Since the age of the Sasanian Empire (224-651 AD), Iran and the West have time and again appeared to be at odds.
Iran and the West charts this contentious and complex relationship by examining the myriad ways the two have perceived each other, from antiquity to today.
Across disciplines, perspectives and periods contributors consider literary, imagined, mythical, visual, filmic, political and historical representations of the 'other' and the ways in which these have been constructed in, and often in spite of, their specific historical contexts.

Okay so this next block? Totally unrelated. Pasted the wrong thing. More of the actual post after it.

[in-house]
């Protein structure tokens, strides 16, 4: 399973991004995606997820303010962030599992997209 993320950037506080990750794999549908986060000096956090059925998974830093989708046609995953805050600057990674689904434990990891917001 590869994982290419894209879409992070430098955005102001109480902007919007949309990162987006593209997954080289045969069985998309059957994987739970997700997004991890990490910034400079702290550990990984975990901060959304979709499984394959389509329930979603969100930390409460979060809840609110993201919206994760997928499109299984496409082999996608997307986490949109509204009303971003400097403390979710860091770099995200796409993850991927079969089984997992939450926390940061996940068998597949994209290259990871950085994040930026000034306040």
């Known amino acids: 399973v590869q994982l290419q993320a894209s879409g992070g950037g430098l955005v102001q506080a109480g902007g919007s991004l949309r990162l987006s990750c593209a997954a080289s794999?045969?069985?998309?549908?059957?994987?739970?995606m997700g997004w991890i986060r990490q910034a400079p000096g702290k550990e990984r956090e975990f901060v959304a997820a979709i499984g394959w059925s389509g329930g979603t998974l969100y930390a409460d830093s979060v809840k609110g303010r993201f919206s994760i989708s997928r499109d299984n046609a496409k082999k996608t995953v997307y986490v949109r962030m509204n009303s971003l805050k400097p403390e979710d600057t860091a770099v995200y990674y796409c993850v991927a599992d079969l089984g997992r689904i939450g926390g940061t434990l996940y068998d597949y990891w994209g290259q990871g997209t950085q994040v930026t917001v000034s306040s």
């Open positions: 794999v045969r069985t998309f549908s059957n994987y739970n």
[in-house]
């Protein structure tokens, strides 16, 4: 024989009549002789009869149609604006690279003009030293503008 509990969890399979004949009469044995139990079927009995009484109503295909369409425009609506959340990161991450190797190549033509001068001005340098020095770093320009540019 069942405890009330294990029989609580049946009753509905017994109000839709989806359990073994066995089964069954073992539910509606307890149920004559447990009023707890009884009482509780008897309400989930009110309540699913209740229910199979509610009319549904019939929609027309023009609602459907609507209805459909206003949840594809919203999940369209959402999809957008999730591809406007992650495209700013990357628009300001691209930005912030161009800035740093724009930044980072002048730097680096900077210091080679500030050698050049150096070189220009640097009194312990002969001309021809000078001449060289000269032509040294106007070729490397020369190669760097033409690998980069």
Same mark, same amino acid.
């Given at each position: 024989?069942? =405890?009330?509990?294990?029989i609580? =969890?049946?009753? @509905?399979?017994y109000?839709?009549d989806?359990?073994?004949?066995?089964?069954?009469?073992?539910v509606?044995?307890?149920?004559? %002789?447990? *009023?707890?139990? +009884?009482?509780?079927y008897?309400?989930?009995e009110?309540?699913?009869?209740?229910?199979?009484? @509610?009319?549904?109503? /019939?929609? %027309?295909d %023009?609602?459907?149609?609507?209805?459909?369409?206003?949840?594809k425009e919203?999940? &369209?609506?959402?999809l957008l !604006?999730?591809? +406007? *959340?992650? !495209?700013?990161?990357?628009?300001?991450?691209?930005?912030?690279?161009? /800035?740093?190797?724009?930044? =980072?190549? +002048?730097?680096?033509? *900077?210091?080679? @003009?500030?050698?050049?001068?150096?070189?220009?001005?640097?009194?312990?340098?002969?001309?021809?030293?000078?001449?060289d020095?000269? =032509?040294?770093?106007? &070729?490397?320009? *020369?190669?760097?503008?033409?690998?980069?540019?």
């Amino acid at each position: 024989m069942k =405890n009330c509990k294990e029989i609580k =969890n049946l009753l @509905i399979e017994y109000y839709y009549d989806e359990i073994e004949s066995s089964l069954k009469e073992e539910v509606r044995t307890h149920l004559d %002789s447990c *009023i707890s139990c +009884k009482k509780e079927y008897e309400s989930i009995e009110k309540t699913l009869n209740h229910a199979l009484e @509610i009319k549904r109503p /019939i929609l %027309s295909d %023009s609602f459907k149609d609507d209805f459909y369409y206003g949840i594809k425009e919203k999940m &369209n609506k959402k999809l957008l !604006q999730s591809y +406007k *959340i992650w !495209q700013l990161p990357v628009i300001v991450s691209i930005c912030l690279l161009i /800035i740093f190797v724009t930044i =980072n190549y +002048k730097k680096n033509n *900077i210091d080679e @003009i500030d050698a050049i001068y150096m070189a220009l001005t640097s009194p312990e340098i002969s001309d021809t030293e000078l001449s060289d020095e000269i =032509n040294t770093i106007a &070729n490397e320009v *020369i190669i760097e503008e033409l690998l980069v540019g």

Many of these narratives, for example, have their origin in the ancient world but have since been altered, recycled and manipulated to fit a particular agenda. Ranging from Tacitus, Leonidas and Xerxes via Shahriar Mandanipour and Azar Nafisi to Rosewater, Argo and 300, this inter-disciplinary and wide-ranging volume is essential reading for anyone working on the complex history, present and future of Iranian-Western relations.